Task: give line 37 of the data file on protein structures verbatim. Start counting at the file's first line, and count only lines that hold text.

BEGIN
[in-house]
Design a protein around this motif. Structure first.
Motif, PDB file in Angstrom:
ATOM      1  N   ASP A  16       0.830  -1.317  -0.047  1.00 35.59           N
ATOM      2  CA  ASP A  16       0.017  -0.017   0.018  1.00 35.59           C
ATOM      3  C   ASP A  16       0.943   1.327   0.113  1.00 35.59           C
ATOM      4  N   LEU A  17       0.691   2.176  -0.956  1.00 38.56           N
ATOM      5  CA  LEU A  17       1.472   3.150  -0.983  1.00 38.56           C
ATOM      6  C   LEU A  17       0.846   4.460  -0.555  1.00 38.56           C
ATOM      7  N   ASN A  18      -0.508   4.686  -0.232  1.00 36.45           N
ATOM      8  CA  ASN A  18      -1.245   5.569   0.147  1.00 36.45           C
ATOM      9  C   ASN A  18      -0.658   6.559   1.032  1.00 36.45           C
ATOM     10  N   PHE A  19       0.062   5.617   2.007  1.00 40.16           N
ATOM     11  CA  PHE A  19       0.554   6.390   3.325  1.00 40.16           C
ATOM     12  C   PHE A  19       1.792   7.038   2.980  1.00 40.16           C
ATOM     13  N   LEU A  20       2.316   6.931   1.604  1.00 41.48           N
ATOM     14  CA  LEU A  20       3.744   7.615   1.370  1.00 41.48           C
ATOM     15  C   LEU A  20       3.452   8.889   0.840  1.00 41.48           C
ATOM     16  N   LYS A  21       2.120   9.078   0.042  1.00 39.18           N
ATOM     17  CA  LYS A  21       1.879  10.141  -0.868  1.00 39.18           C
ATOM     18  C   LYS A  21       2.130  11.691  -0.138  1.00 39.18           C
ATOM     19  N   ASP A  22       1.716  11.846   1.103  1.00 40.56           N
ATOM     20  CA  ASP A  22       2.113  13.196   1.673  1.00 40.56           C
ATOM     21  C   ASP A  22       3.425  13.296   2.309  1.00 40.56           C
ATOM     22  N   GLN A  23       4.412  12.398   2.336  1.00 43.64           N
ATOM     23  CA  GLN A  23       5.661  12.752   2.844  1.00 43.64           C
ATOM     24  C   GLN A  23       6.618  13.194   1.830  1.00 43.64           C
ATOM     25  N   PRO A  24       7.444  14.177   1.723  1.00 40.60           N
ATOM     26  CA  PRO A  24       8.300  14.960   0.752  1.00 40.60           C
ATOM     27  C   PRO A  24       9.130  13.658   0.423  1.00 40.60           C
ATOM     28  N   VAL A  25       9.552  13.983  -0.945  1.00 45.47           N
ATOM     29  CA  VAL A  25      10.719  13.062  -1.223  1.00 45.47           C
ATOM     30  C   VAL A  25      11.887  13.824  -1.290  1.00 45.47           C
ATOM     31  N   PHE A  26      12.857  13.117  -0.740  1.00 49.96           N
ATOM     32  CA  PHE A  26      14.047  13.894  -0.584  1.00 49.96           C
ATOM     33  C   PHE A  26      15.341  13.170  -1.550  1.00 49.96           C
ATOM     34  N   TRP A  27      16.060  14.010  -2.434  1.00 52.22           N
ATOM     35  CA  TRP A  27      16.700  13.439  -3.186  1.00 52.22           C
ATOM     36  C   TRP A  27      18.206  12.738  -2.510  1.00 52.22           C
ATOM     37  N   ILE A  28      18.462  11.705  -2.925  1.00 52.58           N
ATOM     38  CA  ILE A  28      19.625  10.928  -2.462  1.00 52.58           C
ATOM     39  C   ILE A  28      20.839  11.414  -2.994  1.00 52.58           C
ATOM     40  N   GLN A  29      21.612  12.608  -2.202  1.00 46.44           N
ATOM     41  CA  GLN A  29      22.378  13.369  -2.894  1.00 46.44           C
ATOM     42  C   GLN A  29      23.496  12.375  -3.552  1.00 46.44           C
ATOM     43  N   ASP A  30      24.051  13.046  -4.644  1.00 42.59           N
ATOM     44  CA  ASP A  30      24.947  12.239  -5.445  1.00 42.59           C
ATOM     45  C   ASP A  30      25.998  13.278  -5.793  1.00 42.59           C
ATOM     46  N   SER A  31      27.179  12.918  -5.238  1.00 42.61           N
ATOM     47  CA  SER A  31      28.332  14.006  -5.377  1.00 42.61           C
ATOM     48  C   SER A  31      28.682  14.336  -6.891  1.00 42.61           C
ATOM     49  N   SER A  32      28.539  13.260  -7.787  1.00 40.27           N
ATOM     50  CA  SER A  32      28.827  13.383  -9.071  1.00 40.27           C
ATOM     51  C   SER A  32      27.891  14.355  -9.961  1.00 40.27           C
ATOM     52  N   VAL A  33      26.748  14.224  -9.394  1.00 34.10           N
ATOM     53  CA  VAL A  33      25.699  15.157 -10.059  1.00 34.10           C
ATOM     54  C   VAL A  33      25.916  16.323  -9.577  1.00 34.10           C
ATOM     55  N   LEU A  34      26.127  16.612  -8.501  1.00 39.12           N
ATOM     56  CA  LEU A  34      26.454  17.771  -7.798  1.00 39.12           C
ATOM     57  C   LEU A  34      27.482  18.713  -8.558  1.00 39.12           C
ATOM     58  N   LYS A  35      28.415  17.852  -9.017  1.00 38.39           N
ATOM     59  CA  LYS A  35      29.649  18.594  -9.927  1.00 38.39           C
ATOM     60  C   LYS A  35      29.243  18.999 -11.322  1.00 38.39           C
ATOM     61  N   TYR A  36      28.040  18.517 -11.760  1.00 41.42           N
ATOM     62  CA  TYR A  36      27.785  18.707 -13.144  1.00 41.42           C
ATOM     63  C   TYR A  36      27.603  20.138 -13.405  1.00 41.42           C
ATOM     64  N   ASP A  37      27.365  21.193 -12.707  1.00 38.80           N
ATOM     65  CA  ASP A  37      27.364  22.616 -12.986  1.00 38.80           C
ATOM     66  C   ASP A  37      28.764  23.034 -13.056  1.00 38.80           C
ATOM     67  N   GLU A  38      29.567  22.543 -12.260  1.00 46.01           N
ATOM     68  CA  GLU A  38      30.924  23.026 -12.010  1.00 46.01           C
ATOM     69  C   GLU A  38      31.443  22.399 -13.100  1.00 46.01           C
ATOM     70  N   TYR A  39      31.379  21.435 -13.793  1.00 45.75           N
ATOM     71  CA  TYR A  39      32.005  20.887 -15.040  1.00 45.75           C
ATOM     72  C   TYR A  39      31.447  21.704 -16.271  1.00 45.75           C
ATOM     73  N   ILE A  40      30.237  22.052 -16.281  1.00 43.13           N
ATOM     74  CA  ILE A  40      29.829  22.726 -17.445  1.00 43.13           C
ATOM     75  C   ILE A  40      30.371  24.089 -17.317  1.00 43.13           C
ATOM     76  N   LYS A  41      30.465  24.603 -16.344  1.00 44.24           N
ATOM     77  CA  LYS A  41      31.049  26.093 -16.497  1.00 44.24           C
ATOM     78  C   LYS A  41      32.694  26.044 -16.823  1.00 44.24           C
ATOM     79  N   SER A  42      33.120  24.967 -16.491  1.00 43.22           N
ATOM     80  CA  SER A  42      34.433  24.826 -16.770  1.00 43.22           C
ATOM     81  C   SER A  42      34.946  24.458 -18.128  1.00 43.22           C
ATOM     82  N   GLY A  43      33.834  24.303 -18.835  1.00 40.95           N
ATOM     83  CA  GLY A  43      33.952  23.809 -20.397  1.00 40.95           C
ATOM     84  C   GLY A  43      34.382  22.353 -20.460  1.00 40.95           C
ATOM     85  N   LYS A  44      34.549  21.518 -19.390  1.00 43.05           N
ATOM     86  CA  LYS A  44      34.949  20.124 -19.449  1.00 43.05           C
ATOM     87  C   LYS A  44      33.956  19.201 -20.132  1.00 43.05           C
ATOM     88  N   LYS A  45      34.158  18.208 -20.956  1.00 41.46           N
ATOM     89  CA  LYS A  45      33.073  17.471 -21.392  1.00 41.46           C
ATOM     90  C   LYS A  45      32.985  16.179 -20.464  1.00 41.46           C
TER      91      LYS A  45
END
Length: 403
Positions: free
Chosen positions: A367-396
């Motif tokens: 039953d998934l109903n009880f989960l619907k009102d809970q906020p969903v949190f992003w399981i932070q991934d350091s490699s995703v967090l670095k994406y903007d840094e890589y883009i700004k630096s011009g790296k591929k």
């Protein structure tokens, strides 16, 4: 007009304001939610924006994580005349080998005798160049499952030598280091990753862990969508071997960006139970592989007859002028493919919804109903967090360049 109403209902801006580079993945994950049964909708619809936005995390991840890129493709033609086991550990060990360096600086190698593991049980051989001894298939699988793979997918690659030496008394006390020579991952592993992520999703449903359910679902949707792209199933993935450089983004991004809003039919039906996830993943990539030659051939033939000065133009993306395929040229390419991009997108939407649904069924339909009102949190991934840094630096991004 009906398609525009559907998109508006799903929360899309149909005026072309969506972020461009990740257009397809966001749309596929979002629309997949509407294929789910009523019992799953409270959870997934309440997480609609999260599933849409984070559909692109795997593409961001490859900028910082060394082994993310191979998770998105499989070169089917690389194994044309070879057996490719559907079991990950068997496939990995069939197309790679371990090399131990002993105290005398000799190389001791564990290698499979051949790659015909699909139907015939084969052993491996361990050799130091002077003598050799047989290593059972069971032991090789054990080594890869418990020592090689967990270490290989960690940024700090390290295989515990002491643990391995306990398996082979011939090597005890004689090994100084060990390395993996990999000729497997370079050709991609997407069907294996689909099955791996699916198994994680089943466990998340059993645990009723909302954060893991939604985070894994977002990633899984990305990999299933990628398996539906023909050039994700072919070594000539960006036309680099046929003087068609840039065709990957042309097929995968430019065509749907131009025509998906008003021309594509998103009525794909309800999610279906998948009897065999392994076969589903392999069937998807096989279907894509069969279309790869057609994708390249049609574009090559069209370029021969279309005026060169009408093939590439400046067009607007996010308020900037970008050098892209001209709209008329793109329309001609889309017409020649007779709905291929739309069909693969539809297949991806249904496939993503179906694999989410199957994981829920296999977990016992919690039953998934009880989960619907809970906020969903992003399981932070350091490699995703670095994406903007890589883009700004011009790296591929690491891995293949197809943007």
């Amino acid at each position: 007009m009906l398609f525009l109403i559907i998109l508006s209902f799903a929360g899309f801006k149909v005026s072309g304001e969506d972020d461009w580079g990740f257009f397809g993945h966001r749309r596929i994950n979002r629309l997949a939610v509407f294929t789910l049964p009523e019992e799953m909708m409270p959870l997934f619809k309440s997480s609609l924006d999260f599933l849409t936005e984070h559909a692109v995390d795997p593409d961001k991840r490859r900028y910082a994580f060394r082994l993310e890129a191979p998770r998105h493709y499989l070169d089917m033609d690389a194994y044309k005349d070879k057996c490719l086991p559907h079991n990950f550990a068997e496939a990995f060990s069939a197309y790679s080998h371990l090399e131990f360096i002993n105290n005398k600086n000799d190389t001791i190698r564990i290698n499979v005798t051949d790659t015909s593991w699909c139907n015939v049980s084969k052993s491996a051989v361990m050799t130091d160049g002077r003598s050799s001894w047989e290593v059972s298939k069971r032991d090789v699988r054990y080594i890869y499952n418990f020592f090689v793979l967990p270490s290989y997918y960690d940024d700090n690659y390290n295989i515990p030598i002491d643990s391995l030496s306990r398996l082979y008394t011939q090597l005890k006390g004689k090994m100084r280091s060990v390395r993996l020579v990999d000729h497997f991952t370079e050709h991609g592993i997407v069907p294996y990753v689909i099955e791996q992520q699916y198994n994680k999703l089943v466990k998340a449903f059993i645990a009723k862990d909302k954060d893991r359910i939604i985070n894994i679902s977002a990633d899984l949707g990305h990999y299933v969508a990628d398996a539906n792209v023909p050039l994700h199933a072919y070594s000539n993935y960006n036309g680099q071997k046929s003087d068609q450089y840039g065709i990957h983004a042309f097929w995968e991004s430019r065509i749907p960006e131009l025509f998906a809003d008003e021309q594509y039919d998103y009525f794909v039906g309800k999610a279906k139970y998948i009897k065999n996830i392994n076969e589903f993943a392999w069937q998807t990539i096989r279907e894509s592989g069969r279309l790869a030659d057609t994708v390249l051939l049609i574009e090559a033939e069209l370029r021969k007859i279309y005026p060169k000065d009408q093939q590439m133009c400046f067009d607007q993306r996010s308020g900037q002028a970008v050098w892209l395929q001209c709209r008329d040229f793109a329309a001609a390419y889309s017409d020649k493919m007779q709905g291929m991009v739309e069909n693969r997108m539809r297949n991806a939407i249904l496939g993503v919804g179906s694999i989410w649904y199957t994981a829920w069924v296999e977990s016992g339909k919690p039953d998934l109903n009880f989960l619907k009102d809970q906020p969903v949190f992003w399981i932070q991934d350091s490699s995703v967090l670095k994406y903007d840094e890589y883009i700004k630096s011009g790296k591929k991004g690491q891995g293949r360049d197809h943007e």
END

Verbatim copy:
ATOM     34  N   TRP A  27      16.060  14.010  -2.434  1.00 52.22           N